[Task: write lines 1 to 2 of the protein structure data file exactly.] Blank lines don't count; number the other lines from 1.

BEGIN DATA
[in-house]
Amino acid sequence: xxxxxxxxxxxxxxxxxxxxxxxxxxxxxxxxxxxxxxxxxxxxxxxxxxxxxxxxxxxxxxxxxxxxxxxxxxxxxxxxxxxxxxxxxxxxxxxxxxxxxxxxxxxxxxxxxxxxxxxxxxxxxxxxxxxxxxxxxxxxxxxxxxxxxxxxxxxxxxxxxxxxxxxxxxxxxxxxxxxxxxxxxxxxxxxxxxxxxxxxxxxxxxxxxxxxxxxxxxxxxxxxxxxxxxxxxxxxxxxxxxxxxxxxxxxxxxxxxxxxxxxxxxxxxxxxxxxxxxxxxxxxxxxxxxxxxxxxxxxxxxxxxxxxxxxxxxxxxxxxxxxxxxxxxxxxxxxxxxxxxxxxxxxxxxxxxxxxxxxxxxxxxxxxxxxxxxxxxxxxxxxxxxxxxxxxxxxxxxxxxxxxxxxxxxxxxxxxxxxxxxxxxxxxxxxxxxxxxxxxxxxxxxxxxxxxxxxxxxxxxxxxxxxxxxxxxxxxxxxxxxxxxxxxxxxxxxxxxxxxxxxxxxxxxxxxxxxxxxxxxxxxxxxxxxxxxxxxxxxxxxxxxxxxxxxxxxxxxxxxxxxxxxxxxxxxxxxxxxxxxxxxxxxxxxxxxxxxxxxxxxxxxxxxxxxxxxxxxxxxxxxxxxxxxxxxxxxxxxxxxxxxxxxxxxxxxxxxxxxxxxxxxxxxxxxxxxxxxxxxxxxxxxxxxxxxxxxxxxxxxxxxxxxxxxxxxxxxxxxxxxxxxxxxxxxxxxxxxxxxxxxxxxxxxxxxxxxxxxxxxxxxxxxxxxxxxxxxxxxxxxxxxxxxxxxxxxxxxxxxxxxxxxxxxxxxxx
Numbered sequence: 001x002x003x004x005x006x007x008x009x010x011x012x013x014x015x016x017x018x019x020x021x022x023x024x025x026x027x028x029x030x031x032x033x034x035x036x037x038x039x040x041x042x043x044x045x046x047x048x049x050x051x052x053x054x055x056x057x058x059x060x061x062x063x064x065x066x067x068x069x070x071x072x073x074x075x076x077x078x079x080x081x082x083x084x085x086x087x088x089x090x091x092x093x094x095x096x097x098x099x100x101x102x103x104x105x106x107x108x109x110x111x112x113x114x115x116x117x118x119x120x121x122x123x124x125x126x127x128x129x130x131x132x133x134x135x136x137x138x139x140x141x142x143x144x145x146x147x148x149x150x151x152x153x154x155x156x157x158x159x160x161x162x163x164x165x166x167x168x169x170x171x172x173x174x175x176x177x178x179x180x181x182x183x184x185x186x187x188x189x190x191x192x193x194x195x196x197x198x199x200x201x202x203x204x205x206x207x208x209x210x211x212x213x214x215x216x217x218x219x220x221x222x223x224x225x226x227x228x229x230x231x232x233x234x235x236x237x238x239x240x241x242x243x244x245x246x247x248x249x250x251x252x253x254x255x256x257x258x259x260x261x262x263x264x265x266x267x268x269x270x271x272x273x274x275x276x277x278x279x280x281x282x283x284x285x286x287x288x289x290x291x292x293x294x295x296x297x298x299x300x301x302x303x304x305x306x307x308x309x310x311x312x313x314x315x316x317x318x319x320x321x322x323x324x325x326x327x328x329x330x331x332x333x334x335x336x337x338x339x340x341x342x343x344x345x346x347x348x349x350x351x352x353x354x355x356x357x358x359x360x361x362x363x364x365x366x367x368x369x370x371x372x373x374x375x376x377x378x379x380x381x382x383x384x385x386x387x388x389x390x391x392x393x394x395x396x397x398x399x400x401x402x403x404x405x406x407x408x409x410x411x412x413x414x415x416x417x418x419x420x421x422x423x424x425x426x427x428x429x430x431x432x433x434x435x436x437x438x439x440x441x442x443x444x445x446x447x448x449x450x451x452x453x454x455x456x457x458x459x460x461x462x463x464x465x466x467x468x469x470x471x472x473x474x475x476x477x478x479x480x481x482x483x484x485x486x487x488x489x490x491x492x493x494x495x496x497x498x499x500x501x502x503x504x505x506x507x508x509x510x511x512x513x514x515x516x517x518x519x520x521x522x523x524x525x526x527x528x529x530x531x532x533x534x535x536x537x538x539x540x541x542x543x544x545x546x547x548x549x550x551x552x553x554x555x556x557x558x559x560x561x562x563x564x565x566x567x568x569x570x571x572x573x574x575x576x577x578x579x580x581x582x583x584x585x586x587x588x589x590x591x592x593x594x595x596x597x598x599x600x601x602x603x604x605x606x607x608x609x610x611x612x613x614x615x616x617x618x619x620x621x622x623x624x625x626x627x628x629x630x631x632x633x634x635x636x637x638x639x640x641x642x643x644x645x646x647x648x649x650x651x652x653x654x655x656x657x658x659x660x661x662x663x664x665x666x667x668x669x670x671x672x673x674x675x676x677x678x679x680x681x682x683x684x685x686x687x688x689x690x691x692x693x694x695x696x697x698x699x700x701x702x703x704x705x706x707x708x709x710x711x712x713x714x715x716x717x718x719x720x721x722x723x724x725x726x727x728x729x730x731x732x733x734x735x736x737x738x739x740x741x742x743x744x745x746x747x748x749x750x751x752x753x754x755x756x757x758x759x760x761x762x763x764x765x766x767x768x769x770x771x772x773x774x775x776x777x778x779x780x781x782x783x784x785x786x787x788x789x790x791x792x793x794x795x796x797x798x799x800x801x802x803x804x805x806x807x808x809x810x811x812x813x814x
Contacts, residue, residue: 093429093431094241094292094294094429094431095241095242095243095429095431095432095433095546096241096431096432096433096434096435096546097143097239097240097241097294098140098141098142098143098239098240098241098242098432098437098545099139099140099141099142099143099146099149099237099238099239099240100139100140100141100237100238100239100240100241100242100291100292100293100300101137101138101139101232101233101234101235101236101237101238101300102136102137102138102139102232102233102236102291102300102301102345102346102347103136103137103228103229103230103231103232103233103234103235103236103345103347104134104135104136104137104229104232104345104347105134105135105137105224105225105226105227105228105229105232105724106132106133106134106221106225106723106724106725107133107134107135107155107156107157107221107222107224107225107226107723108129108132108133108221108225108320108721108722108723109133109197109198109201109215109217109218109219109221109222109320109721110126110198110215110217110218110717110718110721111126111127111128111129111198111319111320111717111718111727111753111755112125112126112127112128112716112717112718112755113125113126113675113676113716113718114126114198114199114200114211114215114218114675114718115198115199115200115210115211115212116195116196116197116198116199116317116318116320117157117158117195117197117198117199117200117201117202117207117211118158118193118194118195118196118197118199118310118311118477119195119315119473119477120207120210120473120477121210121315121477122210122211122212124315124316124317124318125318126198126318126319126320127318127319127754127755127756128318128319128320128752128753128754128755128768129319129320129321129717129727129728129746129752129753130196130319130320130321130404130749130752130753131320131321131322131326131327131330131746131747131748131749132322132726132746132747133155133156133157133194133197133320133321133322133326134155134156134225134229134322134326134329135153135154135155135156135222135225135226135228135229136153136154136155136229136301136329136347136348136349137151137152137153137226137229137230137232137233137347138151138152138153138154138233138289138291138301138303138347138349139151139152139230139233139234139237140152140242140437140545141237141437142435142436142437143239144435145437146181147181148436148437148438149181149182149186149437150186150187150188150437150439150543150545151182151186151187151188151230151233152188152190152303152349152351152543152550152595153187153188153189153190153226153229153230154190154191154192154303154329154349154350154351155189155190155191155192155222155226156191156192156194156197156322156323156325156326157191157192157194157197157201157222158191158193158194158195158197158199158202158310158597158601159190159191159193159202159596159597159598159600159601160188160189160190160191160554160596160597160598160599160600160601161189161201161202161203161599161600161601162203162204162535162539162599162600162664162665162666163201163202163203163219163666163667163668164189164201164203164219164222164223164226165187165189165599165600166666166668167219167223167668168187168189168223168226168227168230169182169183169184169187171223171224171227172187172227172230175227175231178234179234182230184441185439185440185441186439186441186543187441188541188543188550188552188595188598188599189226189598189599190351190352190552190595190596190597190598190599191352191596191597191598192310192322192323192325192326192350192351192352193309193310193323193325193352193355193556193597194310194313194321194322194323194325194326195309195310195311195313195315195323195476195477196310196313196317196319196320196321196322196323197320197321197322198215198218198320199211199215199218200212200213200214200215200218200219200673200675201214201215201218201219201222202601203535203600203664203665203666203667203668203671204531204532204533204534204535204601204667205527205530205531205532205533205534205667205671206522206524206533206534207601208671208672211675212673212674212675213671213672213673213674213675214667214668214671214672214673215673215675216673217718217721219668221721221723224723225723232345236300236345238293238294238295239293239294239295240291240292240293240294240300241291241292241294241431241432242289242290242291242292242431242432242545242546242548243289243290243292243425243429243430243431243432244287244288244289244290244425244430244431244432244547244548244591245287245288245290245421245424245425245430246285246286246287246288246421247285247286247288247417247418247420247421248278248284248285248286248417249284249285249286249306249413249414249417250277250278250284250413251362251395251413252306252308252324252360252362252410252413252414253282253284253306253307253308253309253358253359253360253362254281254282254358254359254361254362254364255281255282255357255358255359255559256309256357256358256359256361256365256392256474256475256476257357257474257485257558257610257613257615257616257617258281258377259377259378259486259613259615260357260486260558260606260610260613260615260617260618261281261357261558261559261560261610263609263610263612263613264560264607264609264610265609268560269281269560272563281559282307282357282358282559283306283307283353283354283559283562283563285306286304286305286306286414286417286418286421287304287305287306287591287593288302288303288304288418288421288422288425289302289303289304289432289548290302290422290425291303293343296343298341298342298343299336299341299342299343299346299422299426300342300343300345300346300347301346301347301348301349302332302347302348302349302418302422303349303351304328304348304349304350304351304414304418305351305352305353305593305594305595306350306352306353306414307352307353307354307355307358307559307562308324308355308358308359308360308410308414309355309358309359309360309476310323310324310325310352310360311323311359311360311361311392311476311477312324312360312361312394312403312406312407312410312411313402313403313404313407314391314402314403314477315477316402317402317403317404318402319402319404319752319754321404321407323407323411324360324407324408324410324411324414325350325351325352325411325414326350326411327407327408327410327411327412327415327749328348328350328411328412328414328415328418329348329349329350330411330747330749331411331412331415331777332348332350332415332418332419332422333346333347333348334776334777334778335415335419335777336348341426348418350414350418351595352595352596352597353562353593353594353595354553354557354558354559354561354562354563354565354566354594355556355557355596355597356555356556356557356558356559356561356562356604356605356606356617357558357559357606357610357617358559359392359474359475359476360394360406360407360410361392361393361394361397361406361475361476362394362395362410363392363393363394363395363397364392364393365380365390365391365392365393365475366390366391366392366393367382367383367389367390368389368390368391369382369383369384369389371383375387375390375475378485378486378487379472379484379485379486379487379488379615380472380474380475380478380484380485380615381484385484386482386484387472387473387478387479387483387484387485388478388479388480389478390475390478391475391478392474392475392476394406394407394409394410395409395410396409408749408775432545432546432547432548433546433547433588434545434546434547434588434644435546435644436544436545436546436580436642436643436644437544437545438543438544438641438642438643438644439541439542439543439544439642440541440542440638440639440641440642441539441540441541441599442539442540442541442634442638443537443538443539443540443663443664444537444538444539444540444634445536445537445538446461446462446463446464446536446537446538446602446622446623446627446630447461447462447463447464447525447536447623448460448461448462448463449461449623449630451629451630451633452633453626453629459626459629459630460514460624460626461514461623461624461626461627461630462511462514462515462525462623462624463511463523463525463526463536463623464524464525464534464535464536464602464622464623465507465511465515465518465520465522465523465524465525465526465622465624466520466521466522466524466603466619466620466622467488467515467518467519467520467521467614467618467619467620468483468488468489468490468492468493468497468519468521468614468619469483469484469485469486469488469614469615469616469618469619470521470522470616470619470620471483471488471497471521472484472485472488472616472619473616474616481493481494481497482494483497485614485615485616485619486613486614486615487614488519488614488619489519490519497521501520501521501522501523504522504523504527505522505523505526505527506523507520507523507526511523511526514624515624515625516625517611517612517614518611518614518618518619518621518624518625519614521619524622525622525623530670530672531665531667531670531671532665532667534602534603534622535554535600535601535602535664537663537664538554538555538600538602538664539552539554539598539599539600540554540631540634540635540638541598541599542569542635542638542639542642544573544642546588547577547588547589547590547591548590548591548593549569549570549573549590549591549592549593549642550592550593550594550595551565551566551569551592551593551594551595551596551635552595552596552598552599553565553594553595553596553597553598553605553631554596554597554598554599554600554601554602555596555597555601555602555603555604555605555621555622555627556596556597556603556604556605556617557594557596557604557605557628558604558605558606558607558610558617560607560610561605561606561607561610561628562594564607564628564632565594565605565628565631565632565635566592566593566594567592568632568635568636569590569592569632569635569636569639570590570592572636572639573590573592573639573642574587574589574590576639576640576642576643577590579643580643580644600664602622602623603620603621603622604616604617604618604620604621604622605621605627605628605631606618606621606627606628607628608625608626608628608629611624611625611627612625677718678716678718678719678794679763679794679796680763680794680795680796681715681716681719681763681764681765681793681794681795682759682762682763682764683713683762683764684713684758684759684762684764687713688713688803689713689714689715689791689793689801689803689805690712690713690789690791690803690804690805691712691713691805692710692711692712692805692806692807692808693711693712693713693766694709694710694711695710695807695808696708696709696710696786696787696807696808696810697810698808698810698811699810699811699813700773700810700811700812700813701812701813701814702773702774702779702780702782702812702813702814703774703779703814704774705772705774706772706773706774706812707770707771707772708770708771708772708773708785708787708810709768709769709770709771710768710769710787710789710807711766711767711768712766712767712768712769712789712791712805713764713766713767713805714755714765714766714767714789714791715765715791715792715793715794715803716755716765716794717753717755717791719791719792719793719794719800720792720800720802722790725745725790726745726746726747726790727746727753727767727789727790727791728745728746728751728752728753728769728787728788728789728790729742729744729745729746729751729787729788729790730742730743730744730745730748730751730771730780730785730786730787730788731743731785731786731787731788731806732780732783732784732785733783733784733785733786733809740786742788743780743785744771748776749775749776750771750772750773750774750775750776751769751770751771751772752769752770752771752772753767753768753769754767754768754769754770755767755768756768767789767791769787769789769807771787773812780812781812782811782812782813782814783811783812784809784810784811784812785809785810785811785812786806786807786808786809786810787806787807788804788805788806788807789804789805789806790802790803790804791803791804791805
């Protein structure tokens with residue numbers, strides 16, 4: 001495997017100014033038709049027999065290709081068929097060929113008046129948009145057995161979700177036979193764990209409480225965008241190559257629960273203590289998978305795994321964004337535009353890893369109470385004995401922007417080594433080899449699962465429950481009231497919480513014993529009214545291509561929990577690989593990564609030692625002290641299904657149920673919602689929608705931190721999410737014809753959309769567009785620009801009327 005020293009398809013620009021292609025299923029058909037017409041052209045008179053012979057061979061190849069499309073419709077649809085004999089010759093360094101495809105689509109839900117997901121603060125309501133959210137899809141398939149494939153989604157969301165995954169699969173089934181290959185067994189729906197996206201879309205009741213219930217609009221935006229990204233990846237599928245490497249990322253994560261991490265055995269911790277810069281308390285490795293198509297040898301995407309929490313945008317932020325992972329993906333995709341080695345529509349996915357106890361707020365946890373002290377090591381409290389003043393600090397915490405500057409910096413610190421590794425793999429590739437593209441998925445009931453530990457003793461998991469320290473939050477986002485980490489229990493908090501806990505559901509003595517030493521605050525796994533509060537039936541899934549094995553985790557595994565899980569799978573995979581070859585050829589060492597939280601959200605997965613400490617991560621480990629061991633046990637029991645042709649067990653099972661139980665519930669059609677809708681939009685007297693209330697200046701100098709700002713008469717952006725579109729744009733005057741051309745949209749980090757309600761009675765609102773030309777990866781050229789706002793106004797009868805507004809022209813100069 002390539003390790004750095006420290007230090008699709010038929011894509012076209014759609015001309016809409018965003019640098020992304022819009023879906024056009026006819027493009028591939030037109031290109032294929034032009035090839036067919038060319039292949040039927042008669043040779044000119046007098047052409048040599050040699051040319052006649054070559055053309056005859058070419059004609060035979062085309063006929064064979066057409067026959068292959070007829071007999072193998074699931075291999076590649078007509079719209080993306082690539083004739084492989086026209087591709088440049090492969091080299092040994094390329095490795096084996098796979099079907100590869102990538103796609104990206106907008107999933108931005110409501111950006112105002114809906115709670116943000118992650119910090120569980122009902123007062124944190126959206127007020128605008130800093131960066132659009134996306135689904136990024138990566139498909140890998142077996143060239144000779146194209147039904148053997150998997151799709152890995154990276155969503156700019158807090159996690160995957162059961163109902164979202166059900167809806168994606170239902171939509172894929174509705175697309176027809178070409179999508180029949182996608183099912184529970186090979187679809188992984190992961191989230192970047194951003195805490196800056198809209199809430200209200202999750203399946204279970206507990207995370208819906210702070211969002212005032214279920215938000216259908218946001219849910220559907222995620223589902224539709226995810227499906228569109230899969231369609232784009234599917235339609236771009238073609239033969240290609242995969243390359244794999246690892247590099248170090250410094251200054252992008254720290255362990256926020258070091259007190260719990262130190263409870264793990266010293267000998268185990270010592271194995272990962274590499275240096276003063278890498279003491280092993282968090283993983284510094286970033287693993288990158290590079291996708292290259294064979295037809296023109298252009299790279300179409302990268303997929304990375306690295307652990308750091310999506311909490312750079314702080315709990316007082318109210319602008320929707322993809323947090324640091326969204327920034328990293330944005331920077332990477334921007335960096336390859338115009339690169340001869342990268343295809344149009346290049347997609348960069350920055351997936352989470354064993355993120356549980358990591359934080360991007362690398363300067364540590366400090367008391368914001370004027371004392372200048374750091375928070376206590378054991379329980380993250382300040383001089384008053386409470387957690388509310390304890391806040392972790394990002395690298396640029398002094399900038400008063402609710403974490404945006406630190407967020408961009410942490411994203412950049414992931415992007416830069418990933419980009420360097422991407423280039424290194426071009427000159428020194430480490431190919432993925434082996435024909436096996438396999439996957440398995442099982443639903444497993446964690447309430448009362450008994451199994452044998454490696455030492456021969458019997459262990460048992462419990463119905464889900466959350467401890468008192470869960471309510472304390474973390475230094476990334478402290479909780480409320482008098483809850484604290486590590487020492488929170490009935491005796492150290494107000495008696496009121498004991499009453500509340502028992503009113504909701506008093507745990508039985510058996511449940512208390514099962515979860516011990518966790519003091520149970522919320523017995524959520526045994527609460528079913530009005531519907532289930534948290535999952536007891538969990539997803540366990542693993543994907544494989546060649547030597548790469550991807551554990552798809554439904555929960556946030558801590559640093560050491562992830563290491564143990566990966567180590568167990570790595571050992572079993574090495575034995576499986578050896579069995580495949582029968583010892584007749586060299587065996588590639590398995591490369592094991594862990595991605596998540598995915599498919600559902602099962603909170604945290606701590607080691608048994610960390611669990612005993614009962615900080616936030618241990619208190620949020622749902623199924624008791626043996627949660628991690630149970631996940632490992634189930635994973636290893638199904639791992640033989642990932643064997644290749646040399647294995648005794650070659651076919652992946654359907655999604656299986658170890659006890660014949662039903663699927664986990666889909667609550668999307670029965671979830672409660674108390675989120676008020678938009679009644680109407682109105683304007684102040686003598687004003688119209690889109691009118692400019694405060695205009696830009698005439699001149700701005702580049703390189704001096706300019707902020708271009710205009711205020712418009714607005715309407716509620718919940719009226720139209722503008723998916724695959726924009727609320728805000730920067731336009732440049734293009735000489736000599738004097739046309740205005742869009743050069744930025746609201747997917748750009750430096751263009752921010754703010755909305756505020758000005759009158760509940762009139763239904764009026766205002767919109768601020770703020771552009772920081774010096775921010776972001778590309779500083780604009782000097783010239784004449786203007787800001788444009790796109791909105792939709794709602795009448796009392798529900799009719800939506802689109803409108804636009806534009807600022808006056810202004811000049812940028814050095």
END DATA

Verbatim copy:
[in-house]
Amino acid sequence: xxxxxxxxxxxxxxxxxxxxxxxxxxxxxxxxxxxxxxxxxxxxxxxxxxxxxxxxxxxxxxxxxxxxxxxxxxxxxxxxxxxxxxxxxxxxxxxxxxxxxxxxxxxxxxxxxxxxxxxxxxxxxxxxxxxxxxxxxxxxxxxxxxxxxxxxxxxxxxxxxxxxxxxxxxxxxxxxxxxxxxxxxxxxxxxxxxxxxxxxxxxxxxxxxxxxxxxxxxxxxxxxxxxxxxxxxxxxxxxxxxxxxxxxxxxxxxxxxxxxxxxxxxxxxxxxxxxxxxxxxxxxxxxxxxxxxxxxxxxxxxxxxxxxxxxxxxxxxxxxxxxxxxxxxxxxxxxxxxxxxxxxxxxxxxxxxxxxxxxxxxxxxxxxxxxxxxxxxxxxxxxxxxxxxxxxxxxxxxxxxxxxxxxxxxxxxxxxxxxxxxxxxxxxxxxxxxxxxxxxxxxxxxxxxxxxxxxxxxxxxxxxxxxxxxxxxxxxxxxxxxxxxxxxxxxxxxxxxxxxxxxxxxxxxxxxxxxxxxxxxxxxxxxxxxxxxxxxxxxxxxxxxxxxxxxxxxxxxxxxxxxxxxxxxxxxxxxxxxxxxxxxxxxxxxxxxxxxxxxxxxxxxxxxxxxxxxxxxxxxxxxxxxxxxxxxxxxxxxxxxxxxxxxxxxxxxxxxxxxxxxxxxxxxxxxxxxxxxxxxxxxxxxxxxxxxxxxxxxxxxxxxxxxxxxxxxxxxxxxxxxxxxxxxxxxxxxxxxxxxxxxxxxxxxxxxxxxxxxxxxxxxxxxxxxxxxxxxxxxxxxxxxxxxxxxxxxxxxxxxxxxxxxxxxxxxxx